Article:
Jonesy: But she had more of case to back it up where Jack Nicholson could be seen by have all of these Minotaur qualities, and then having the set piece in the maze. I agree the poster was a stretch, and I even felt when she was talking, I had to squint at my screen to see what she meant. It felt like a college film school assignment, and maybe I don't have that eye for that stuff.

Javi:  But on the flip side I like the theory of the Native American/extermination theme, and the Holocaust imagery and allegory. There's the recurring theme of white dudes in a continuous cycle killing off minorities. There seems to be some sort of guilt there. I know you don't agree with that interpretation. Out of all of the ones they talked about it, that's the one I see the most. I don't believe that just because there's a can of Native American branded product

Jonesy: Or a specific typewriter...

Javi: Well, the typewriter could be a coincidence.

Jonesy: Not according to them.

Javi:  The only I reason I bring that up is because the typewriter changes throughout the movie so the brand and color are all deliberate points of the film. They made the conscious choice to get that brand of typewriter. Then we get into that territory where the interpreters want to forgive and excuse any and all errors. At first Kubrick wanted penis carpet, and then at the other, he wanted vagina carpet. Just stuff like that doesn't necessarily mean anything.

Jonesy: That really bothered me. It just seemed like such an excuse and love up on Kubrick as someone who can't have any errors. Like the elusive window in the manager's office that doesn't match the hotel floor plan.

Javi: I love the architecture of the hotel, and how specific that was, and as I mentioned before Danny riding his bike around the hotel and ending up in different floors without needing the stairs. Which he does 3 times in the movie, yet each time he ends up in a crazier place.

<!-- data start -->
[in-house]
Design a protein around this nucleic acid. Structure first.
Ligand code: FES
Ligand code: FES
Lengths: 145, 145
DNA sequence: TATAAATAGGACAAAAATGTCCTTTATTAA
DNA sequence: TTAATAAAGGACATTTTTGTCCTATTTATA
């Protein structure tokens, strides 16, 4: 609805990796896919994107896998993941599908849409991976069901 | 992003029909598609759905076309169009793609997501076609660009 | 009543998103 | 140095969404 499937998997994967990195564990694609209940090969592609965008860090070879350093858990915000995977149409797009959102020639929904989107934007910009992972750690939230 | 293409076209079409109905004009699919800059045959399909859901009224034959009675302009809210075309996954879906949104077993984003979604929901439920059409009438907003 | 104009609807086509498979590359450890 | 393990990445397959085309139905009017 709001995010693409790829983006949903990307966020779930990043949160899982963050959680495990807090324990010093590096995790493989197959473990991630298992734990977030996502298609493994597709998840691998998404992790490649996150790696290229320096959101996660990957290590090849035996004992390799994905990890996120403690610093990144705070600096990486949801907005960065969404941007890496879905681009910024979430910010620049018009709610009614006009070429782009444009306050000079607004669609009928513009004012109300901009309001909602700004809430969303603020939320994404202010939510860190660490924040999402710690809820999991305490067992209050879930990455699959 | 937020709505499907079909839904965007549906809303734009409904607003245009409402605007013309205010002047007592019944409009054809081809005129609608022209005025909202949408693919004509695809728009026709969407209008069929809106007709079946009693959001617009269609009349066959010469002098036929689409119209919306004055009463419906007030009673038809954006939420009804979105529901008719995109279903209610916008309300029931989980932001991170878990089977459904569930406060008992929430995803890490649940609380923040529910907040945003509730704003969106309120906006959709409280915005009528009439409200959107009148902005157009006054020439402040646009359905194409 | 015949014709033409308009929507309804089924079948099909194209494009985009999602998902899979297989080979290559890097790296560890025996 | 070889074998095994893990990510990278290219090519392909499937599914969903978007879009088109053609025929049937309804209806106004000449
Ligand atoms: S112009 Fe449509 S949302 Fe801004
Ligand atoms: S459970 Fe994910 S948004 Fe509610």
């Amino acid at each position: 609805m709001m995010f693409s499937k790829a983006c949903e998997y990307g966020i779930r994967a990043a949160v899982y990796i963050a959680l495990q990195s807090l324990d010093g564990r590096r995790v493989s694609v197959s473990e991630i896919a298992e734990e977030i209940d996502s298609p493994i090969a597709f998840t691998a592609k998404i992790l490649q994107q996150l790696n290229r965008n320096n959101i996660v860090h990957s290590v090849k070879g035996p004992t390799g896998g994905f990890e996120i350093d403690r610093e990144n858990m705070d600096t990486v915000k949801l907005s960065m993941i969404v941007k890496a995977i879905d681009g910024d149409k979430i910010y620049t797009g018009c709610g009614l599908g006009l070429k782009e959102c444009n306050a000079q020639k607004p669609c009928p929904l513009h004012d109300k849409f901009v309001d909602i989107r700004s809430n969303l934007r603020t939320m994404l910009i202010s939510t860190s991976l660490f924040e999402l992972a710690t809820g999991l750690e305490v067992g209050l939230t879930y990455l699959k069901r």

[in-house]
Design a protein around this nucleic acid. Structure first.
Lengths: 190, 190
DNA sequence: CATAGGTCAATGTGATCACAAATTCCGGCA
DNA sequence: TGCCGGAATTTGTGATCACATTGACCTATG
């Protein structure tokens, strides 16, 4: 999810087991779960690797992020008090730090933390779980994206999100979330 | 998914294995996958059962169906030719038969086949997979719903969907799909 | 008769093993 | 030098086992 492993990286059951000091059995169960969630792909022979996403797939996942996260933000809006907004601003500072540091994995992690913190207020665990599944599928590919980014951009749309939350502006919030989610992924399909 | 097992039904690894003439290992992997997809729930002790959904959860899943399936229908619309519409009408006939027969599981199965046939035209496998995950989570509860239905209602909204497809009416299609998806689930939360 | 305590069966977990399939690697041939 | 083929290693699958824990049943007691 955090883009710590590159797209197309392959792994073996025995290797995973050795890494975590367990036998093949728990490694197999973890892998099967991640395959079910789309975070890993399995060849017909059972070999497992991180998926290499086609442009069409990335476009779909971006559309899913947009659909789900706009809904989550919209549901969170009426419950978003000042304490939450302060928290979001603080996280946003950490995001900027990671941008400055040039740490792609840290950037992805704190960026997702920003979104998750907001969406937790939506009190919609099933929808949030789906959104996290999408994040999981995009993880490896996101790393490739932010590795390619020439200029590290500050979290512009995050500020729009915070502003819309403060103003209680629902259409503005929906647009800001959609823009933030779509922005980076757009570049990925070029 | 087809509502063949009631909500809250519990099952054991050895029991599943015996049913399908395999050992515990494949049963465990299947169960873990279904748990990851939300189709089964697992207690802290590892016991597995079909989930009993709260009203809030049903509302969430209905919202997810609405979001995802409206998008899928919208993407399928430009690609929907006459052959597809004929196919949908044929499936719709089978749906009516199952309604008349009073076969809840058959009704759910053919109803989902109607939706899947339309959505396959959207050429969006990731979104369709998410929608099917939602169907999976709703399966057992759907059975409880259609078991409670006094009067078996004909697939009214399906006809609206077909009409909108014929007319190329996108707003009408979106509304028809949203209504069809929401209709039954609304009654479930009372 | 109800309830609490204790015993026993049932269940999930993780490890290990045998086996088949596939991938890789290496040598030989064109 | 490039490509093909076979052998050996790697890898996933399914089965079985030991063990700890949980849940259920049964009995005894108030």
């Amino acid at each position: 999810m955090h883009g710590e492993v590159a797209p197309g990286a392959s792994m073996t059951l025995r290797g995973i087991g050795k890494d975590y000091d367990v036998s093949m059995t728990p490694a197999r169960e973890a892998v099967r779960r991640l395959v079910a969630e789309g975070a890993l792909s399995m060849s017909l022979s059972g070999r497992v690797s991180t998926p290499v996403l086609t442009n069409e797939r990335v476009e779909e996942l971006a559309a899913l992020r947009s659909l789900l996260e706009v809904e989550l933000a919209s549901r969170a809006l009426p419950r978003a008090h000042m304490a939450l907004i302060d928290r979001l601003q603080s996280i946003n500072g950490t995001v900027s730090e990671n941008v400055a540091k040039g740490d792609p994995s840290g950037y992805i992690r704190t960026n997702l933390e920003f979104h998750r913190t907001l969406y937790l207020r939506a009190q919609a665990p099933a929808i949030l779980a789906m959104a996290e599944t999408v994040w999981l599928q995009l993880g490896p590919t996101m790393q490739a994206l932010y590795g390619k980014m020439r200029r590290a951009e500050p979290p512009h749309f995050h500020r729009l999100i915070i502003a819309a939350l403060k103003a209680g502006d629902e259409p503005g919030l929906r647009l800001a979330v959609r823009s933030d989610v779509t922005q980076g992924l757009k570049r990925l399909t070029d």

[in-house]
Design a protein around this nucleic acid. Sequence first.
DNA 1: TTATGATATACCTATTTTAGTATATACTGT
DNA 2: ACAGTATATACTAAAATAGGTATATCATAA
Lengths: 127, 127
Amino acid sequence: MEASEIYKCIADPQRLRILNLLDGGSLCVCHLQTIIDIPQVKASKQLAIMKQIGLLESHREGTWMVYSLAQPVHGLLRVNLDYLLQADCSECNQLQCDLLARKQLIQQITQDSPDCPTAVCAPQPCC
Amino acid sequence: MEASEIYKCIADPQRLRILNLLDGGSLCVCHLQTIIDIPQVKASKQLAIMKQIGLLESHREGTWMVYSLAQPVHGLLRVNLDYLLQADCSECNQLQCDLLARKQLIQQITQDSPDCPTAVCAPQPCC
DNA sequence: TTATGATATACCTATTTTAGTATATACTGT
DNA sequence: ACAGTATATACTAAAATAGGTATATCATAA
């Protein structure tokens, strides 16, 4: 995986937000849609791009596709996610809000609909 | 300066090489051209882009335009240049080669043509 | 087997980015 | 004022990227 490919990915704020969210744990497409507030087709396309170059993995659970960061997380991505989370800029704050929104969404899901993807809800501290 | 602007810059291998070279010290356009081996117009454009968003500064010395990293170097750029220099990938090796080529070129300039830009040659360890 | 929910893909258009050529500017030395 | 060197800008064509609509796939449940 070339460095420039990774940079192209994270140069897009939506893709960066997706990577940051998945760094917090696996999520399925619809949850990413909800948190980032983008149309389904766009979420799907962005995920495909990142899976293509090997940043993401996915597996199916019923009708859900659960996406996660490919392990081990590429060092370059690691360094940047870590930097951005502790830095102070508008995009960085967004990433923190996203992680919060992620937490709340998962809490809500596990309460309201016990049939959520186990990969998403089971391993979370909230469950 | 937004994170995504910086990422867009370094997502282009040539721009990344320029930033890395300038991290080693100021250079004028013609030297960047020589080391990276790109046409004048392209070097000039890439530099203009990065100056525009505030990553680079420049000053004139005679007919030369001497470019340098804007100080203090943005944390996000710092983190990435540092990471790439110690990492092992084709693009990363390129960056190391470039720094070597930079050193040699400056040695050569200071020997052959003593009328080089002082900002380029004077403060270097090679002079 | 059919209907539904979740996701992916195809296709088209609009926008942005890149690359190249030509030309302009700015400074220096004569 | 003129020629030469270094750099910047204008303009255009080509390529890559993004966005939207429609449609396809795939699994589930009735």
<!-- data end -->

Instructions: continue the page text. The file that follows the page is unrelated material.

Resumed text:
Jonesy: A bogus excuse is the one where a chair disappears and that somehow means that it's meant to disappear. I hate when people say that a person cannot make any editing or continuity mistakes. Probably one of the weirdest theories is the one where THE SHINING has to be seen backwards and forwards at the same time. How in the world could you figure that out?

Javi: I just think that if we're looking at it from a film fan's POV. Imagine if Kubrick was enough of a pretentious prick to say, "I'm making a horror movie that's a Holocaust/Native American massacre and allegory/Minotaur. I create all of this crazy imagery and time it so that it can sync up when you play the movie backwards, which is a way that no one is really going to be able to do or have the motivation to do it?"

Jonesy: Especially whenever the SHINING was released, there's no way for fans to do this. I just think that it's a dick move to assume he would think that way. And the whole backwards and forwards thing is something that you could probably do with any film. I wonder if this documentary only showed the only really good images that come out of this weird mash up in the movie. The documentary itself was really well done. You never see who they interviewed, so they splice together footage from the movie and other Kubrick movies to allow them to tell their story. It's so well made and interesting that they made a documentary where the ideas take focus and not the talking heads. Obviously, I don't agree with most of their theories. Trusting that they have explored THE SHINING so many times, I trust them a bit, but seeing the movie I'm not sure if I understand where most of these people are coming from.

Javi: I like that all of the theories are so bat shit crazy that in a way to exemplify the themes of the movie, which was, "Hey, look at movies a different way." By telling us in the movie every interpretation theses people have ever had and back it up with "evidence" even though you and I don't believe it. It shows that there's not really "good way" of seeing a movie that there is only a "way." to see a movie. Everyone's truth is as real as the next persons and you can't take that away.

Jonesy: This movie motivated me to see THE SHINING in a different way that will hopefully be a better experience for me. However I am afraid that people's true enjoyment of movies will be diminished if they do nothing but just super analyze films instead of enjoying it.